What is it? This happened to me when I was a young man (about 20yrs old). I was riding my bike on Revere Beach when a driver of a car who was parked on my right opened his door quickly causing me to hit the door, sending me up and over my handle bars and the door and landing in the middle of the road. Fortunately, there was not another car coming or you might not be reading this blog right now.
What can we cyclists do to reduce the risk: Not too much to be honest. We can try to ride farther to the left if traffic permits. This makes us a bit more visible to the cars driving behind us and hopefully gives us more room to accommodate a careless door opening. I always keep a lookout to see If someone is seated in the driver’s seat of any car parked on my right.
Laws violated by the driver: Drivers and passengers can be fined up to $100 for opening a vehicle door into an oncoming bicycle. (Chap. 90, Sec 14).
The ‘Rear End’ Bicycle Accident
What is it? This one speaks for itself. Getting rear ended by a car while on your bike almost never ends well. It is one of every cyclists’ biggest fears.
What can we cyclists do to reduce the risk: Be obnoxiously visible. Bright lights, highly visible clothing etc. Also do your best to choose your ride times when visibility is highest and avoid night riding if possible. Headlights, taillights, and reflective gear can save your life. It may be seem like bad advice, but do not ride too close to the curb. Drivers will pay more attention to you if you ride about six inches inside the white shoulder line, and not outside of it or on it.
Laws violated by the driver: Laws in Massachusetts require motor vehicle operators to maintain a safe distance when overtaking a bike and general principles of negligence laws will often dictate that the person who hits a cyclist from behind will be held liable for the collision.
The ‘Left Cross’ Collision
What is it? You are riding straight through an intersection when a car traveling in the opposite direction takes a left turn and either hits you or crosses your path leaving you no time to avoid a collision.
What can we cyclists do to reduce the risk: The best advice here is slow or stop at all intersections and be sure it is safe to cross. Even if you have the right of way, be prepared to take evasive action. I always assume that the operator of a nearby car can’t see me. Remember the goal is to stay alive, not to win a lawsuit.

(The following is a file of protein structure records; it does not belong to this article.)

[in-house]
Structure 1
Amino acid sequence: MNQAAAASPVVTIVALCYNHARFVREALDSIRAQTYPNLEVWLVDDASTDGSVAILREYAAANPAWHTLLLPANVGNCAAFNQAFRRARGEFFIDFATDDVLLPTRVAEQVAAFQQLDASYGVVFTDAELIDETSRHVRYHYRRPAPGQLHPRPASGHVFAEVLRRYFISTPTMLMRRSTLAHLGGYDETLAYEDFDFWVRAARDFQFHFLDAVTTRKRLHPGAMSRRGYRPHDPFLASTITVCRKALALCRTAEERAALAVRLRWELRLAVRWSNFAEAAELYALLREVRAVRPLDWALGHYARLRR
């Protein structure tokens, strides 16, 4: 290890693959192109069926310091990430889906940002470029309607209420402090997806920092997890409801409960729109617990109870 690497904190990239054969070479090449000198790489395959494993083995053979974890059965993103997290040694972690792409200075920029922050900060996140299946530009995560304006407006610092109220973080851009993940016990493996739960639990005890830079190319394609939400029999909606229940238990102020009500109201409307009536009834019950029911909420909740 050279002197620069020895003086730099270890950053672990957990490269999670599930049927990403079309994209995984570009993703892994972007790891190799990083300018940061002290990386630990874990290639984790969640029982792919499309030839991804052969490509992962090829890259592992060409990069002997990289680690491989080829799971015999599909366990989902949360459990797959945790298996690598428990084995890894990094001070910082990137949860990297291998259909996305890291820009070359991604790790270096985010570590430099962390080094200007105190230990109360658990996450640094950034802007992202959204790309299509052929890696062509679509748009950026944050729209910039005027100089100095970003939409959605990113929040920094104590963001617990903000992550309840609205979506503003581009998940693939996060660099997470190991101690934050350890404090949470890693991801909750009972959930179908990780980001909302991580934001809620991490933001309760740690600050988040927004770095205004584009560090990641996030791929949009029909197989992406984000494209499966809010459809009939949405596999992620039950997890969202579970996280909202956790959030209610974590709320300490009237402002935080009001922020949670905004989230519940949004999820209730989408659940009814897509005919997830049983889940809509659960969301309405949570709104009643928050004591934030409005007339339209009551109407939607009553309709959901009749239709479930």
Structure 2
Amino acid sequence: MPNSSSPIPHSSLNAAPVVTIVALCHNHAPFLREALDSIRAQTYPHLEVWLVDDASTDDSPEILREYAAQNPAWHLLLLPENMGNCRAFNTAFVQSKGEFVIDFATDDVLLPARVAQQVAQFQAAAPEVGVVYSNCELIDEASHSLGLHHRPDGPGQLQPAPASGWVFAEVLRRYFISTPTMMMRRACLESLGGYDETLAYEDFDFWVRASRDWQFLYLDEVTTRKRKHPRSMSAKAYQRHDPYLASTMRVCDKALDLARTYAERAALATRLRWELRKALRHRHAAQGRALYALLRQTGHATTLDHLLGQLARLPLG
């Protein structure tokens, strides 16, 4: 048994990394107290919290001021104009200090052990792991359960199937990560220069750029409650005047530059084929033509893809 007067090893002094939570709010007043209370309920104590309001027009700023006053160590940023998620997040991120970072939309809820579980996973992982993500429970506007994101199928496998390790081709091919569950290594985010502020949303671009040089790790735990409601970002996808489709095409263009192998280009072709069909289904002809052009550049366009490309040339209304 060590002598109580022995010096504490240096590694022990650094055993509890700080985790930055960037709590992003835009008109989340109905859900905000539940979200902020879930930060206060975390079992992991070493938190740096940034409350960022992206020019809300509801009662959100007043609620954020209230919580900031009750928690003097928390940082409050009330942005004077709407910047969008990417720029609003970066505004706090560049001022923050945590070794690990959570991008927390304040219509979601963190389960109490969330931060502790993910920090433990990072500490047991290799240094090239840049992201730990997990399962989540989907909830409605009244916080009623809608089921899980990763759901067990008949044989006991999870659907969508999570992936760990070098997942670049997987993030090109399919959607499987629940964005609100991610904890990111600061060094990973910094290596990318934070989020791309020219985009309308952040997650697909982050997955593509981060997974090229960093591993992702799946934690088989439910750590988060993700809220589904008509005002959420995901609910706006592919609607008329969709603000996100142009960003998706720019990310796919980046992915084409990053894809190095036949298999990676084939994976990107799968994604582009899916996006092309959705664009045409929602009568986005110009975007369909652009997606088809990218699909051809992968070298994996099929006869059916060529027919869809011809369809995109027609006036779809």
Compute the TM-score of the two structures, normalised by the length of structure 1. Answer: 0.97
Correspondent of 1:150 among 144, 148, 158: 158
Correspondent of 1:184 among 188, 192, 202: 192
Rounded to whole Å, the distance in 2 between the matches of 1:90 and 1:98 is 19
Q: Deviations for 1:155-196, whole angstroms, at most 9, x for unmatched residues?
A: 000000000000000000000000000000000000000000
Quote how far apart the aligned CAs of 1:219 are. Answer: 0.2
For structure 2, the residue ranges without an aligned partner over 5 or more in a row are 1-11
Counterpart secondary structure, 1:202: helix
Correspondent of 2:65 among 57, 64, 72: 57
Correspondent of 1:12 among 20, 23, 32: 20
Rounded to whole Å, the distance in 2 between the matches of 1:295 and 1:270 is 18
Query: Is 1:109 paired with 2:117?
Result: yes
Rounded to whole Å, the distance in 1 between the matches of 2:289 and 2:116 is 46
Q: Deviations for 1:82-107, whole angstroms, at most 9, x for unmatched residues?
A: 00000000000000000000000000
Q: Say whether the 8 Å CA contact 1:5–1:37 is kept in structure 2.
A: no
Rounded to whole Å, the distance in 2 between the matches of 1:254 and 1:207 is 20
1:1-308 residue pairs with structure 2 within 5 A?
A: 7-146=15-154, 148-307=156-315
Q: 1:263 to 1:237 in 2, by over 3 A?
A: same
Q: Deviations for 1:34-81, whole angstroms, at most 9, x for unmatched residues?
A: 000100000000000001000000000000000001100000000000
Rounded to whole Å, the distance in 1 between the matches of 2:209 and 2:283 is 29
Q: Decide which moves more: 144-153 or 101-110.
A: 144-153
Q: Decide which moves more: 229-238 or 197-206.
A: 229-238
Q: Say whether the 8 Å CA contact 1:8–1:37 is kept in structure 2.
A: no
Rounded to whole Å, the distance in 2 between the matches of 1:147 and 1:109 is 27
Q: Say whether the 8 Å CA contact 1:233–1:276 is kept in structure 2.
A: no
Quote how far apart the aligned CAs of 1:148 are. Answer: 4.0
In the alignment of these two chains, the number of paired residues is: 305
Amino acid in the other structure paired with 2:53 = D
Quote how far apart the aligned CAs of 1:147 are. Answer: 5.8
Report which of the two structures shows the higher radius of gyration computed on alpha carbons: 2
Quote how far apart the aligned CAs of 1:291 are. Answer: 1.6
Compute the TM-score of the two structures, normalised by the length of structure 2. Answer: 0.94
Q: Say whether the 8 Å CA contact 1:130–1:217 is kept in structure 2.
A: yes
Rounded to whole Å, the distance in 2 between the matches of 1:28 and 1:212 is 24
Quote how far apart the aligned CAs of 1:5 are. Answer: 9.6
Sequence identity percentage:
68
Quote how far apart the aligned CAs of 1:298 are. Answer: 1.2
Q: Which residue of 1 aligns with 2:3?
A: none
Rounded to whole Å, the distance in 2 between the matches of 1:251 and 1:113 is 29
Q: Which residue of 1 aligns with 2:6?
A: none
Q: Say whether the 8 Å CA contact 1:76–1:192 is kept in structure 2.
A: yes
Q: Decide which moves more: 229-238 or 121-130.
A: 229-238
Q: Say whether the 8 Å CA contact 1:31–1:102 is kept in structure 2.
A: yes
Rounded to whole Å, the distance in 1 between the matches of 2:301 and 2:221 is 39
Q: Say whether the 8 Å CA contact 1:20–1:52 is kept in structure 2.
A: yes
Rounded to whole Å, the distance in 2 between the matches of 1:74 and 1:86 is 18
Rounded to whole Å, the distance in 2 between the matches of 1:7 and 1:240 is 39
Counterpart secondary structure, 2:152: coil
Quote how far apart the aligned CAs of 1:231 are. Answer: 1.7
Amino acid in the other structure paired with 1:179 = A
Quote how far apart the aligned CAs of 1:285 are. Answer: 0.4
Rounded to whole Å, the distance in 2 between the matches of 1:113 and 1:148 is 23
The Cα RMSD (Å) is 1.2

Laws violated by the driver: Left turns — Massachusetts law states that “Any operator intending to turn left, in an intersection, across the path or lane of vehicles approaching from the opposite direction shall, before turning, yield the right-of-way until such time as the left turn can be made with reasonable safety.” (Chap. 89, Sec 8).
Have You Been Injured in a Boston Bicycle Accident?
The best thing you can do if you have been injured in a Boston bicycle accident and want to be fairly compensated is to understand your legal rights before you make any decisions. Before you speak to an insurance company adjuster, sign or submit any paperwork or hire a lawyer, you owe it to yourself to get as much information as you can, so you can make a smart decision on what you need to do next. At Spada Law Group, we offer free consumer guides and videos that answer many of the questions bicycle accident victims have. Take a look, download our free information or contact us for a free consultation. Learn what Spada Law Group is all about and how we might be the right bicycle accident lawyers for you.